All tripod/cable unless noted.

- - - - -> Denotes an extended exposure time due to reciprocity.

I've no pretensions about the photographs - they're OK, but at least I was doing something!
It was a really enjoyable walk, with the first mile or so conducted in near darkness. I do so love watching dawn arrive and, because of the nature of the path I was able to do so without the massive buffeting the wind was doing on the other side of the hills.
It's easy walking this bit of the path, although I would caution against heading down to the tempting looking bits of shoreline (though you'd have to massively scramble down - they're pretty steep) as the tide will get you.
Anyway, keeping to the path itself, I encounted nobody till I was on my way back, which is sort of the way I like things actually.

Camera was the Hasselblad SWC/M; tripod was my faithful Gitzo, and the film was Ilford Delta 400, rated at EI 200 and developed in Pyrocat-HD for 21 minutes at 22ยบ C.
I no longer use a water bath to pre-bathe the film - it seemed ineffectual - so it is straight on, constant gentle agitation for 30 seconds and then 4 agitations every minute up to 17 minutes. Then I let it stand to 21 Mins.
Stop is 3 changes of fresh water.
Fix is around 6 minutes.
Then washing at the end.
Finally it gets the dreaded Photo-Flo treatment - I've never had much luck with any wash-aid, they all seem to cause all sorts of gunk on the film.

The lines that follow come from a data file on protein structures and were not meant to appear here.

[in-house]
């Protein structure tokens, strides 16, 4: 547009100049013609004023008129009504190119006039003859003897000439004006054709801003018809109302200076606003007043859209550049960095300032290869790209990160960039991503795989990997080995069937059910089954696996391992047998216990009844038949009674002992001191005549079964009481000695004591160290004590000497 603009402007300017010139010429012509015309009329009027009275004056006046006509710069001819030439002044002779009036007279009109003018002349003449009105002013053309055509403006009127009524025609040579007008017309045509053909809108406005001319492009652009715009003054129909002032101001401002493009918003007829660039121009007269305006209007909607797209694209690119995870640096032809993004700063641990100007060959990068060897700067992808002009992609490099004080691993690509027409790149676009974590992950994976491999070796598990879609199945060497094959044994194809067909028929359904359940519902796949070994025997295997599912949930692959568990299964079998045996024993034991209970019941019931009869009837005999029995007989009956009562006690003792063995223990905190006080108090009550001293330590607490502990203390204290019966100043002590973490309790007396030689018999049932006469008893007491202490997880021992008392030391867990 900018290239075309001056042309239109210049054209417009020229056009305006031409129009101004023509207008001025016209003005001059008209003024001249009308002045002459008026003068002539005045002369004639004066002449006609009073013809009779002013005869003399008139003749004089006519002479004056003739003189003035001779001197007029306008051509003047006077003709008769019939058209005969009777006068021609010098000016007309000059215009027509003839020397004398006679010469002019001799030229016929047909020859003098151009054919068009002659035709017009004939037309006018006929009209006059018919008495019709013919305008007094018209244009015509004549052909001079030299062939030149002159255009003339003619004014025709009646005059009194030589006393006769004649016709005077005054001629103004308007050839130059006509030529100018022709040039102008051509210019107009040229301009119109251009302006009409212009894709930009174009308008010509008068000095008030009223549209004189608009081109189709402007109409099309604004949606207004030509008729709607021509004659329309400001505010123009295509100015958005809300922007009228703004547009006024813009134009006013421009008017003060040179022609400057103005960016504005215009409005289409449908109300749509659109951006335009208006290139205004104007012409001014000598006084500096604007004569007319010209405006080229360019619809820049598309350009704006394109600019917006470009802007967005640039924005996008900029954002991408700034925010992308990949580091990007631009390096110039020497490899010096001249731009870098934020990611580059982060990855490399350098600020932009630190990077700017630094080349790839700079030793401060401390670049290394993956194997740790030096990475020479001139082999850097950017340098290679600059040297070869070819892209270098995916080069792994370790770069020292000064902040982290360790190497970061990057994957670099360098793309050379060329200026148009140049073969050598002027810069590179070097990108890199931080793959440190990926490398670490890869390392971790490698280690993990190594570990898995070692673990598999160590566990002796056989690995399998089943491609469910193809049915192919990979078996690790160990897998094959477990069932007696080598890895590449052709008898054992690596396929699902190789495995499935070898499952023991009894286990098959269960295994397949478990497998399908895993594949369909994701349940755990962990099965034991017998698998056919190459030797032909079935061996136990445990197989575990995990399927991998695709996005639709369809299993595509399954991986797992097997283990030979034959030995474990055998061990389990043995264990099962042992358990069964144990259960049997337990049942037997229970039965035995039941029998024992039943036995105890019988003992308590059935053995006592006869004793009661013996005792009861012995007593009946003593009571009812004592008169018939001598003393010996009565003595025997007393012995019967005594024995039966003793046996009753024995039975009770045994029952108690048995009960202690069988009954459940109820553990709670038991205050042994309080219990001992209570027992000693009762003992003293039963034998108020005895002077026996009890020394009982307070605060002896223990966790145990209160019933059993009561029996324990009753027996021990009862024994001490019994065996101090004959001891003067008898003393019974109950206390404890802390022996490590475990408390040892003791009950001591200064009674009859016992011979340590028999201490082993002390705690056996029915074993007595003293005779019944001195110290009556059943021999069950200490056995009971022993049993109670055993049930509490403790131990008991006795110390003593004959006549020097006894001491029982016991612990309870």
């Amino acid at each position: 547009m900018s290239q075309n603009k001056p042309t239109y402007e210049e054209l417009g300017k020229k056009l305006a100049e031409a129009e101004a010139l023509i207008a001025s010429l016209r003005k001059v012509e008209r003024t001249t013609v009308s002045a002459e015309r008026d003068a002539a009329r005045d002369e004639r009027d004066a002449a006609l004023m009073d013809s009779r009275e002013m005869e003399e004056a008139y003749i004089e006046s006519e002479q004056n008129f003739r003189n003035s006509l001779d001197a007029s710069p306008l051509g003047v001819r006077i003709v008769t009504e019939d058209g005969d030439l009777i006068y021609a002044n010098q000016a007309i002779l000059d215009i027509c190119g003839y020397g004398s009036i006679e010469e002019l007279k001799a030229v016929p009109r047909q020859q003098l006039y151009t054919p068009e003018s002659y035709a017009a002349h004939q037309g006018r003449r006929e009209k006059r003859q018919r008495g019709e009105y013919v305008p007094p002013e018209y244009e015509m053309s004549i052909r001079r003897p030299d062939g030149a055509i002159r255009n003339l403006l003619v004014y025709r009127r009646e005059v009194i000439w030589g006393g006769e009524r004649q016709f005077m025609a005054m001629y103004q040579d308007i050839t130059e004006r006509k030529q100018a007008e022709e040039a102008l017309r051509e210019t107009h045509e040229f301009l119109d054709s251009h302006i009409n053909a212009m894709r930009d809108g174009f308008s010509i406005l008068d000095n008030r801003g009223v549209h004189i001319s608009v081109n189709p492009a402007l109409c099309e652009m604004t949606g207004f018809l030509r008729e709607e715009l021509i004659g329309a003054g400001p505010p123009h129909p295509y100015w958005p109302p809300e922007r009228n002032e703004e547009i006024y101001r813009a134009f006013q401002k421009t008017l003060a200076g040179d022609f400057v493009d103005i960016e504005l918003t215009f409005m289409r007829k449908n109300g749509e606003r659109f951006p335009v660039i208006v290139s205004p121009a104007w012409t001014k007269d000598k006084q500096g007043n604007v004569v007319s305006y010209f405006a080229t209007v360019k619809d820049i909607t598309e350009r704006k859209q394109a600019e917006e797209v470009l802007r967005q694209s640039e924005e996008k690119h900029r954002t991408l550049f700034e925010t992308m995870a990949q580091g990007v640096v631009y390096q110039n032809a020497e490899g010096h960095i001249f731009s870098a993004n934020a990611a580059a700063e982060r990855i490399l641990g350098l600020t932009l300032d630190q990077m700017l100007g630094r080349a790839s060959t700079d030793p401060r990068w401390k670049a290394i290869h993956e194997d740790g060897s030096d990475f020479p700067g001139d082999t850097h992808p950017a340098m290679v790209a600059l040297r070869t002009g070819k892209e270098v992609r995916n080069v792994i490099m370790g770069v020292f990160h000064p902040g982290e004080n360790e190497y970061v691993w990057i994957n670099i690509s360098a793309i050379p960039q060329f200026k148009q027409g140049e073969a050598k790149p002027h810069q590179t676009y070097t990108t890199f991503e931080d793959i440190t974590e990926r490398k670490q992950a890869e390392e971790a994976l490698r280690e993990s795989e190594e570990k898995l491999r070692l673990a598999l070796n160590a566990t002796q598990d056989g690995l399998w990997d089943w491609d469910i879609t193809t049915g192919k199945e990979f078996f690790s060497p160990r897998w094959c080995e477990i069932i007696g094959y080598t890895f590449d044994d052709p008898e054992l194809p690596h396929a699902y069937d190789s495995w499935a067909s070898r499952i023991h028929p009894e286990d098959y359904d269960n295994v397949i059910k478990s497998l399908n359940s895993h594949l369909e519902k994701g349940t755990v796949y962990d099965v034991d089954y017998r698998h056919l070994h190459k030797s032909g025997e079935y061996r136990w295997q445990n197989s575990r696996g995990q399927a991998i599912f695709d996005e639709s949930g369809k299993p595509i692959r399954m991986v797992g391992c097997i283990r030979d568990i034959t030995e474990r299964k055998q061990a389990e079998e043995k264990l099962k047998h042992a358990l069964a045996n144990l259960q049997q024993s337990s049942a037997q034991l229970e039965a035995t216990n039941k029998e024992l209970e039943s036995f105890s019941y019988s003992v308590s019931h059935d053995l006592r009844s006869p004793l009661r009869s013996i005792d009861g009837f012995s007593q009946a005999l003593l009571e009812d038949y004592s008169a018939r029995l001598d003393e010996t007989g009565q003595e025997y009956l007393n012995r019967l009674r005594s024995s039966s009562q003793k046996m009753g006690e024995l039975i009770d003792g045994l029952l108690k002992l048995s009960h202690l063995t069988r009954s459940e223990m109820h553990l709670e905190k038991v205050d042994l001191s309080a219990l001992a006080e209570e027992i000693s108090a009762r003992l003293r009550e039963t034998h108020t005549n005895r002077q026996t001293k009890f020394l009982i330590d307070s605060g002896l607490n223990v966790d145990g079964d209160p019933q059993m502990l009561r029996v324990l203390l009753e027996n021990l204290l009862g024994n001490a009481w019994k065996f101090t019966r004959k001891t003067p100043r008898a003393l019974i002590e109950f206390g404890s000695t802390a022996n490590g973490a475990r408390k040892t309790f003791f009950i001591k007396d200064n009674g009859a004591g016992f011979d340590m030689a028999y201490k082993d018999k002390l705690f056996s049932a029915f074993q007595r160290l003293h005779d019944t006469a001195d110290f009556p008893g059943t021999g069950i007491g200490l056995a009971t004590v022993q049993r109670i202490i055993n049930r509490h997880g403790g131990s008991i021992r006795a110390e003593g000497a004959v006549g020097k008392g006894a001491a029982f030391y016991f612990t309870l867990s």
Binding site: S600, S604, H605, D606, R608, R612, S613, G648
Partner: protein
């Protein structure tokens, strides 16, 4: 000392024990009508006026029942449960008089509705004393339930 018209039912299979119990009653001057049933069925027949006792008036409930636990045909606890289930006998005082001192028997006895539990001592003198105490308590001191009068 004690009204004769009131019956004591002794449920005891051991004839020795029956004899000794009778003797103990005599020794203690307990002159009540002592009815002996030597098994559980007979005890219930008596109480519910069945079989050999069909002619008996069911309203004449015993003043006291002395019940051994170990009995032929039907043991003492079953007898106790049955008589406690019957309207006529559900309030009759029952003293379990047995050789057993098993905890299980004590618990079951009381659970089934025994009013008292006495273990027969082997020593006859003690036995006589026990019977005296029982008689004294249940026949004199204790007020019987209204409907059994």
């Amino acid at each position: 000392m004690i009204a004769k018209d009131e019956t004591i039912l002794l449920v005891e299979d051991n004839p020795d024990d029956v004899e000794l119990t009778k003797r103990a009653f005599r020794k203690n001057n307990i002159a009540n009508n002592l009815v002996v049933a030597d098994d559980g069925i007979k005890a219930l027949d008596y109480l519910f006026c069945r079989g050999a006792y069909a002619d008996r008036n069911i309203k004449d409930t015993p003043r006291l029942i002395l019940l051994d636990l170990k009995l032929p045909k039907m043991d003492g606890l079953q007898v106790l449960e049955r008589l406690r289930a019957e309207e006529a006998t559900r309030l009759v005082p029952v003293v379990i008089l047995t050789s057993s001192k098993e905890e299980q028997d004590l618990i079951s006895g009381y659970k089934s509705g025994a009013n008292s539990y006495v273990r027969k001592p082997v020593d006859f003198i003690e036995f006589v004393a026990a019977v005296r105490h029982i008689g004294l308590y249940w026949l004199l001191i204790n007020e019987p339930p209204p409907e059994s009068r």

With Photo-Flo, take ONE drop to 1200ml of water, mix the drop gently, VERY VERY GENTLY through the water with your fingers (like you were tickling a trout) and then leave the film on the reel (in the solution) for about 5 minutes.
You have to be careful not to create foam when removing it to hang.
Again gentleness pays dividends.

I've mentioned this before - my darkroom is furnished with an Astrid Ioniser that keeps dust levels down a fair bit.
The reason for this? Well, if you really want to be scared when you've hung a film, just turn out the lights and use a torch to look behind you as you exit. The levels of dust revealed by the light beam are usually through the roof and completely sobering.
Thus, the Astrid. It is a great thing.
I used to use an old Mountain Breeze ioniser, but that expired a few years back - and the reason I went that route in the first place? Well, it was a tip from the late Barry Thornton and it made sense to me. Since I took on his ioniser tip I've rarely had to spot any print.
I know it seems like the strangest darkroom accessory ever, but it works.

Oh, and I've got a tip for removing dust from film too - that's in the printing section after this next bit!

Assessing the contact:
Contact prints are always a compromise - I tend to print mine on Grade 2 and take it from there, but typing this has reminded me that Ansel Adams in The Print (I believe) recommended printing them on the softest grade possible to maximise your eyeballing of potentially good prints and I think that is maybe something I will try out in the future . . . thank you brain!